He ran for UPUA president twice and lost by huge margins each time, but not without making a splash in student politics. ‘Wumi became quite familiar with the UPUA Board of Arbitration, as both of his whacky campaigns were riddled with election code violations.

His 2010 campaign against Christian Ragland went off fairly quietly with only one accused violation regarding a mysterious ‘Wumi flag, but his his 2011 bid with VP candidate Sri Pisupati — who says he hasn’t spoken to Adewumi in over a year — left a trail of apathy for the election rules and the office as a whole. He cried conspiracy when then-elections commissioner Dustin Dove disqualified him for questionable academic standing, although he would win his appeal to stay in the race.

Despite the second chance in a highly-contested four-ticket field, Adewumi racked up another four campaign violations and failed to show up to the first debate to promote another initiative — ONEPSU — a failed project that aimed to streamline resources to student groups. He infamously called an 11 a.m. press conference in the basement of Irving’s to address the violations during the campaign.

In another odd twist, former football All-American Stefen Wisniewski also spammed thousands of Penn State students with an endorsement of Adewumi in 2011.

“It takes me 5.3 seconds to run a 40-yard dash, and it takes that long to help out my buddy, Dave,” Wisniewski wrote at the time.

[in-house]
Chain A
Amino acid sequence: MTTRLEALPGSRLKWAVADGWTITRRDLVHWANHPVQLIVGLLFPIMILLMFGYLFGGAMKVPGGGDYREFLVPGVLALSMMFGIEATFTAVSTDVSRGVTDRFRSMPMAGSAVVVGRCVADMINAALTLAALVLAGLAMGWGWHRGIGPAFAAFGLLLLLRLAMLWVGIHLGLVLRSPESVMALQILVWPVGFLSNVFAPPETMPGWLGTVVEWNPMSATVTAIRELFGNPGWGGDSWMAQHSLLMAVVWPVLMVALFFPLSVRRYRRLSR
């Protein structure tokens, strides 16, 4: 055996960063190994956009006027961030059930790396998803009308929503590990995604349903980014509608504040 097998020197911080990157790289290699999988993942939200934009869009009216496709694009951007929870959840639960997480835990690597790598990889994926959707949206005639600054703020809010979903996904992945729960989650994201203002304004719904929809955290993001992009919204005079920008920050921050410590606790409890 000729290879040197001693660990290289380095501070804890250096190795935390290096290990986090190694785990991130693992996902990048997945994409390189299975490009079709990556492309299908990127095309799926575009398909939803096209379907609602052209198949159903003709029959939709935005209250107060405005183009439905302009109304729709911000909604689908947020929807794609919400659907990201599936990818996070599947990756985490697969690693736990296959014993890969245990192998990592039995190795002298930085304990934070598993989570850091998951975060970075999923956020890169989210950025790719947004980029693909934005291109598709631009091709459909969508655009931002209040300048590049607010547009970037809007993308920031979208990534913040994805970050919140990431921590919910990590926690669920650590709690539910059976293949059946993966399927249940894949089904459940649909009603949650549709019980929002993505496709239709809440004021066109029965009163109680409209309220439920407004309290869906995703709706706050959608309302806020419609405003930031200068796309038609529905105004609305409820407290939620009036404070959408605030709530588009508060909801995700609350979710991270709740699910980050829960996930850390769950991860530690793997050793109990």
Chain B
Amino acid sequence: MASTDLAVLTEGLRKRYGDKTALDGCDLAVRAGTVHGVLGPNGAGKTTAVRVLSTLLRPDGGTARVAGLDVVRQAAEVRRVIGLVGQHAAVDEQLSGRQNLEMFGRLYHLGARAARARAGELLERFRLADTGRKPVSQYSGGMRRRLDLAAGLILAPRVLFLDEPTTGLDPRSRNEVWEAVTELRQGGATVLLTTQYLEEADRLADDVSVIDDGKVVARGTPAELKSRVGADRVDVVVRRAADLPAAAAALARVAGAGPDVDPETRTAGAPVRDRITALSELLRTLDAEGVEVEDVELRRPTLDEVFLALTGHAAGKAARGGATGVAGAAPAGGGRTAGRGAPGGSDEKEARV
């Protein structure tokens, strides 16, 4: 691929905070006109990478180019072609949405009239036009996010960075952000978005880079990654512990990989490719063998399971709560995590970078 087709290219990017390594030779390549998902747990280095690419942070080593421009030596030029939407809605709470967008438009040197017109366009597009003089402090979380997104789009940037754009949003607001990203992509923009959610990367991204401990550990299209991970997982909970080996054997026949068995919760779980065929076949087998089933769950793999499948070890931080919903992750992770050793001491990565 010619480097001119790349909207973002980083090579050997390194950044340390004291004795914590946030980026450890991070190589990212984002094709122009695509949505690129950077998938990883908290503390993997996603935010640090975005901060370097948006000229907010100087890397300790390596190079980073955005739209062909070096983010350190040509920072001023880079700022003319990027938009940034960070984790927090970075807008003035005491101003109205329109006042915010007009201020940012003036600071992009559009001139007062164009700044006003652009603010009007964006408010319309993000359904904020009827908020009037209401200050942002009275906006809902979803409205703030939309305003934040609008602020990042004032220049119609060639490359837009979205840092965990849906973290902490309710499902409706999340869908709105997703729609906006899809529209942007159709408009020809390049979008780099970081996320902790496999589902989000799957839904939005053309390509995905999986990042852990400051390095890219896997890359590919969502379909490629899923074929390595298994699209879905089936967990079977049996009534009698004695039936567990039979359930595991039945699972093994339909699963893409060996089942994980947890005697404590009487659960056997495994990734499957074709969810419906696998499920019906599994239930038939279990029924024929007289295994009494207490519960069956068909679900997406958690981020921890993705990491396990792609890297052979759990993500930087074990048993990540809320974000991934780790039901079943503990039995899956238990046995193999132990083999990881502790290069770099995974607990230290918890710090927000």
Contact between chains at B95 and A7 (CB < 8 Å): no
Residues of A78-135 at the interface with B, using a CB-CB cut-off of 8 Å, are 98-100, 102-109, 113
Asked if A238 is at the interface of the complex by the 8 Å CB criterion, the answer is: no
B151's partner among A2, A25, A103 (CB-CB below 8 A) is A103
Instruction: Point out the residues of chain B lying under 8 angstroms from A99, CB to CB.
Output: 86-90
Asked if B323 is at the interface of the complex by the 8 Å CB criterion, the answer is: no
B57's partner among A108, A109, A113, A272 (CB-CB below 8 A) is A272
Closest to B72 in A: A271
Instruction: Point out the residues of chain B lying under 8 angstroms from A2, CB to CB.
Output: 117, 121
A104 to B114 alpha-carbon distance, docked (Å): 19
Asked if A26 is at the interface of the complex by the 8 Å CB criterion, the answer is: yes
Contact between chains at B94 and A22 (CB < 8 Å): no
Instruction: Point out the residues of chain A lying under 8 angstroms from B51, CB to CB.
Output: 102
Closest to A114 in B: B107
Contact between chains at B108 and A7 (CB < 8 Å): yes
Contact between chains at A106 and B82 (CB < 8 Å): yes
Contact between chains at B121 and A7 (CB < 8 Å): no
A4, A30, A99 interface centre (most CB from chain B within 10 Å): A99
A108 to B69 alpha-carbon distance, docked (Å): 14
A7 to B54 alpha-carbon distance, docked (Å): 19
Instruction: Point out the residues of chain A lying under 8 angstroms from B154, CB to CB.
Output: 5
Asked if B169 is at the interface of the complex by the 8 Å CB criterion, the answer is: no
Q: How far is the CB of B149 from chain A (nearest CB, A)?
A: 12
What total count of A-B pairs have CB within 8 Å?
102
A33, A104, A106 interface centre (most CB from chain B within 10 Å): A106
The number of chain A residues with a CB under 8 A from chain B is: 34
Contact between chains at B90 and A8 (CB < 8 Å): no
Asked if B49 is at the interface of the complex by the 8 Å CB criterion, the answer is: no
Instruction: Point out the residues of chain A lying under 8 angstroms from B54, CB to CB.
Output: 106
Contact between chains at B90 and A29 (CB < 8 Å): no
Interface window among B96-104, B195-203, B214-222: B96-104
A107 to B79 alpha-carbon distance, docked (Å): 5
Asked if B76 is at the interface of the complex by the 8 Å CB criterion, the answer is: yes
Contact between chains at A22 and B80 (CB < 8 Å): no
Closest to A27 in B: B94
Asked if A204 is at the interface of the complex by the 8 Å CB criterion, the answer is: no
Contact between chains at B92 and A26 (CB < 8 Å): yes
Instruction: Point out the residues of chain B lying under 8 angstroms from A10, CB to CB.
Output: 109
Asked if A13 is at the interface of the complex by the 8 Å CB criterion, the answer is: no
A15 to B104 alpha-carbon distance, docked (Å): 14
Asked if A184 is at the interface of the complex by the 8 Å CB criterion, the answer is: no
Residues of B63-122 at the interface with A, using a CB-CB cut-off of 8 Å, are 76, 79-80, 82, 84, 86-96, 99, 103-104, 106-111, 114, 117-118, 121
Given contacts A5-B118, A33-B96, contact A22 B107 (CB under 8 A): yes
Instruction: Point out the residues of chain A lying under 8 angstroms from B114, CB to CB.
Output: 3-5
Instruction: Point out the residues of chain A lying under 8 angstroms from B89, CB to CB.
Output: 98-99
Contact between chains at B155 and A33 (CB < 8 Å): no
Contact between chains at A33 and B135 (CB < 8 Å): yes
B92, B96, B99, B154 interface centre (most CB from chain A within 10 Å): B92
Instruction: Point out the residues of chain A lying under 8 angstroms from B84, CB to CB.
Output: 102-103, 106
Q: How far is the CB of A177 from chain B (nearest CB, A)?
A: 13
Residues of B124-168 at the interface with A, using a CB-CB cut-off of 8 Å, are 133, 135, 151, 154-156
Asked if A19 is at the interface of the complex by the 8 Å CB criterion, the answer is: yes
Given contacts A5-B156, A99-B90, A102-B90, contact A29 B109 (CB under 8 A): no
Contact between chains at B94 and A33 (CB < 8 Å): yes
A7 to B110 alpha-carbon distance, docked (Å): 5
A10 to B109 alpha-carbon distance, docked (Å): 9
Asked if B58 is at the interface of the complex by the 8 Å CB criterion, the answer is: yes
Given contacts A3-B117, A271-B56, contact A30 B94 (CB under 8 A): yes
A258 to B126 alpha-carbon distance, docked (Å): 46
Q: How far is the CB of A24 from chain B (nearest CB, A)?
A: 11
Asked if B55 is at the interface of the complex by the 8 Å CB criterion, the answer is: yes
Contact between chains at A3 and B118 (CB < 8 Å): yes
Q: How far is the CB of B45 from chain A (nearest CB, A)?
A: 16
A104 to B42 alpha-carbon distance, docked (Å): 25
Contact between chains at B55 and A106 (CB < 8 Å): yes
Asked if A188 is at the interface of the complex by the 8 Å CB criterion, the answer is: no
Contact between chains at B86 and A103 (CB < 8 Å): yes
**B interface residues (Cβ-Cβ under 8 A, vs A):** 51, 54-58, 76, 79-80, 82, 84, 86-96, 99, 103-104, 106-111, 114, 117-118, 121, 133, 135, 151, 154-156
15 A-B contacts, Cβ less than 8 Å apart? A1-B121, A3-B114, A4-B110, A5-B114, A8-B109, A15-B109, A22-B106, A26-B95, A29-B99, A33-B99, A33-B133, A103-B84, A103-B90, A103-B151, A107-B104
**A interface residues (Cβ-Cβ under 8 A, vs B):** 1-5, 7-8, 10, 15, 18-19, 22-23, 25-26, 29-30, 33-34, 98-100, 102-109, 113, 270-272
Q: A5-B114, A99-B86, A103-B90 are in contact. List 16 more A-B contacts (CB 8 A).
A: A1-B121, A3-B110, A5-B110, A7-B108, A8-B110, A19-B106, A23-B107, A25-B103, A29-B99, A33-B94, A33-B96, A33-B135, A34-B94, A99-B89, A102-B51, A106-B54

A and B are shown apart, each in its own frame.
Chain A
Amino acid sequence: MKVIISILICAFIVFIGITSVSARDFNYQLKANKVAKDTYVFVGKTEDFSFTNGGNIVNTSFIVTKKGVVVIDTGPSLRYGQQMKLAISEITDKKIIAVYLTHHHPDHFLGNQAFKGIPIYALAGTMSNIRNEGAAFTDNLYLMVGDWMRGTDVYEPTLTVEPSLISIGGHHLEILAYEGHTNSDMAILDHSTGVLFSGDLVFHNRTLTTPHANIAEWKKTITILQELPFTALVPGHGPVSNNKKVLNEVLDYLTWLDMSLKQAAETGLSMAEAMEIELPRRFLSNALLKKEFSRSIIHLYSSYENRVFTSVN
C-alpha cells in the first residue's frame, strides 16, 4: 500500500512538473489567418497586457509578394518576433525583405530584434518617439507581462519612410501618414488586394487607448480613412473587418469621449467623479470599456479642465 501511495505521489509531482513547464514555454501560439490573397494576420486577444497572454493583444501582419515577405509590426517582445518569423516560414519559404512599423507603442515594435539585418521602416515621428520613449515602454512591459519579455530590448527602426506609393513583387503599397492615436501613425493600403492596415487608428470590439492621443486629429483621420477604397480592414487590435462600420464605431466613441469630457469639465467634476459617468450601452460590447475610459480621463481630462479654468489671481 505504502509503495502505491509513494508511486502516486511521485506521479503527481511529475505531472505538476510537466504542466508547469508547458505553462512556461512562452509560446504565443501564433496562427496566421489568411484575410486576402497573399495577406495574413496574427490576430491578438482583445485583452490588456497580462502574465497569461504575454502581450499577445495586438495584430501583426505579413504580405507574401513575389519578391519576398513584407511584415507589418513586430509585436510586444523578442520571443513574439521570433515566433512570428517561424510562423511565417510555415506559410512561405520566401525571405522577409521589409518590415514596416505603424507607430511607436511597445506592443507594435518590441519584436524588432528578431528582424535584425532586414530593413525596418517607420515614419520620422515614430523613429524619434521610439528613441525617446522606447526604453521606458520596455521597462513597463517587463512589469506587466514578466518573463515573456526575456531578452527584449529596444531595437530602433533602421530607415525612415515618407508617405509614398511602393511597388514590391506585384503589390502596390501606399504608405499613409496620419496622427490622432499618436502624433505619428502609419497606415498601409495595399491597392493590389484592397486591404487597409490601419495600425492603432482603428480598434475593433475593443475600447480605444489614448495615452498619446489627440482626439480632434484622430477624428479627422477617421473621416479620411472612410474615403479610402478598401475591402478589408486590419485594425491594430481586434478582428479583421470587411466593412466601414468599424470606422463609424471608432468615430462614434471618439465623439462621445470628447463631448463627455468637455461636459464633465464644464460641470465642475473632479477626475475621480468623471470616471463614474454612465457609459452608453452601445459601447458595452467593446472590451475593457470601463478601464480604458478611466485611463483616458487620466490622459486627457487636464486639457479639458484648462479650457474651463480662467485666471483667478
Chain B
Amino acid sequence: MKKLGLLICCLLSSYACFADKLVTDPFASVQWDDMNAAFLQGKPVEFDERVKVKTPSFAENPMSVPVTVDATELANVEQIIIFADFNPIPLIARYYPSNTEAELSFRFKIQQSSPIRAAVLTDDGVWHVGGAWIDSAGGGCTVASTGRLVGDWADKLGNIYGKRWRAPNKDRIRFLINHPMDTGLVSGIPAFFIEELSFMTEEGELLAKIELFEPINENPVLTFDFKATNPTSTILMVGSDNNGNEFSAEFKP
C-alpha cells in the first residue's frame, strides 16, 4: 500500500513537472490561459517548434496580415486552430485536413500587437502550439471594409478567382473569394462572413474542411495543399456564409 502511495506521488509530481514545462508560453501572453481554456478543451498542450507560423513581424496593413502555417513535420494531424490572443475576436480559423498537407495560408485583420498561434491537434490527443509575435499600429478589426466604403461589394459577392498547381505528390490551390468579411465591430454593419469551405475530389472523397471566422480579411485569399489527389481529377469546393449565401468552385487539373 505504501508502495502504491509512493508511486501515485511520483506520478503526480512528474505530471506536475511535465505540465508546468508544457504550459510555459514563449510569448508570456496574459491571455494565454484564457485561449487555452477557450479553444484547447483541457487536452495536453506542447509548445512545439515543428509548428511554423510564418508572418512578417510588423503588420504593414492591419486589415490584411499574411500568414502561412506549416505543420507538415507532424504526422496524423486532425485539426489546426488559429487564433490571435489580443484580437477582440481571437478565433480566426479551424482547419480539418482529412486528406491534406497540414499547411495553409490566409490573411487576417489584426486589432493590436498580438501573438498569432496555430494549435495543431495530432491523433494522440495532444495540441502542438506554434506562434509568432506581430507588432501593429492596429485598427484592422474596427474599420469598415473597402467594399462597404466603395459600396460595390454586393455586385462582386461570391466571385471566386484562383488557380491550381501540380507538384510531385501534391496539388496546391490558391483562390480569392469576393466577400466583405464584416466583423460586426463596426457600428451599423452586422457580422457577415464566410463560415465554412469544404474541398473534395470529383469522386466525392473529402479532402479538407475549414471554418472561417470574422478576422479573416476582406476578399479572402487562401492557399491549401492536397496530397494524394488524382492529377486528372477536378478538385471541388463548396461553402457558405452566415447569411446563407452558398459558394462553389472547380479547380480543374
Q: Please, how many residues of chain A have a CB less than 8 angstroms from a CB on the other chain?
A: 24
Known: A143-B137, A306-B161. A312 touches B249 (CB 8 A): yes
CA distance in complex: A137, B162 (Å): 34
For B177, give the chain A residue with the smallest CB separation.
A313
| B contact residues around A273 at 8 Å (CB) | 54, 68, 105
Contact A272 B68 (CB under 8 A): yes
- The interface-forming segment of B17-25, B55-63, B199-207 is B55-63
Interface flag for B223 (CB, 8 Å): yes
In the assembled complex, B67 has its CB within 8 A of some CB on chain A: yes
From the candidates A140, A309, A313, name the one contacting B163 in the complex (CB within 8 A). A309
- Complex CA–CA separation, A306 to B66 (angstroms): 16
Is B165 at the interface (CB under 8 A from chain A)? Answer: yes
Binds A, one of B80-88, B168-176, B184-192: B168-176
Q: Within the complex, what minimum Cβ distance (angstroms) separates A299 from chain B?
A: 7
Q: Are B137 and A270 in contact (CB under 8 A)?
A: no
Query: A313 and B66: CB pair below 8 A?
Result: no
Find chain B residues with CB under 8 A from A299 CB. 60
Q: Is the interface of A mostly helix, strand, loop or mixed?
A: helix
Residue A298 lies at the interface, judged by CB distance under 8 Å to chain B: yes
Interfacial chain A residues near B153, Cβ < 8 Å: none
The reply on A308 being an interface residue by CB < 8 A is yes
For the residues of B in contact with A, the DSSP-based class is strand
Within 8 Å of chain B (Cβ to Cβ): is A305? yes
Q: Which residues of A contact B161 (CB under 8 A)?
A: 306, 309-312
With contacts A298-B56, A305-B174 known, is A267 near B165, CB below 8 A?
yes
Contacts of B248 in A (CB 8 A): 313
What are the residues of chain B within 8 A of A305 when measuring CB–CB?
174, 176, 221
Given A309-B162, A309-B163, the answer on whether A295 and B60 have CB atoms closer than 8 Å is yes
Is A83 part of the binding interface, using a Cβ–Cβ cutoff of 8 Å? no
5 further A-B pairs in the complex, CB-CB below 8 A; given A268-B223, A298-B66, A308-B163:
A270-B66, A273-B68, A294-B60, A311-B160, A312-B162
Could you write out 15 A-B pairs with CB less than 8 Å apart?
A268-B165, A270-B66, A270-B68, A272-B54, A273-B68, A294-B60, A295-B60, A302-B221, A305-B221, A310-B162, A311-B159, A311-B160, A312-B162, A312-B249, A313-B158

The Adewumi/Pitsupati ticket would finish with only 13 percent of the vote, paving the way for an easy victory for President T.J. Bard

Adewumi wouldn’t let the loss deter him, though. He secured $750,000 seed funding for his OneSchool app and moved to Silicon Valley.

While in California, he made the news again when his backpack holding a “ginormous” hunting knife, underwear, foreign money, a passport, and an iPad was strewn throughout a San Francisco sidewalk and returned to him by a concerned blogger.

After OneSchool tanked, Adewumi moved back to Happy Valley to finish up his Spanish degree.

Adewumi wrote for The Daily Collegian for a short time. He also co-founded Project Blue Pill, what is now Innoblue.

Adewumi’s preliminary hearing is set for next Wednesday. Onward State will be there, so stay tuned. You can also check out his robust Onward State community profile — in which he oddly attempted to change his name to “Nicholas Cane” — here.

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About the Author

Kevin Horne

Kevin Horne was the editor of Onward State from 2012-2014 and currently holds the position of Managing Editor Emeritus, which is a fake title he made up. He graduated from Penn State with degrees journalism and political science in 2014 and is currently seeking his J.D. at the Penn State Dickinson School of Law. A third generation Penn Stater from Williamsport, Pa., Kevin is also the president of the graduate student government. Email: [email protected]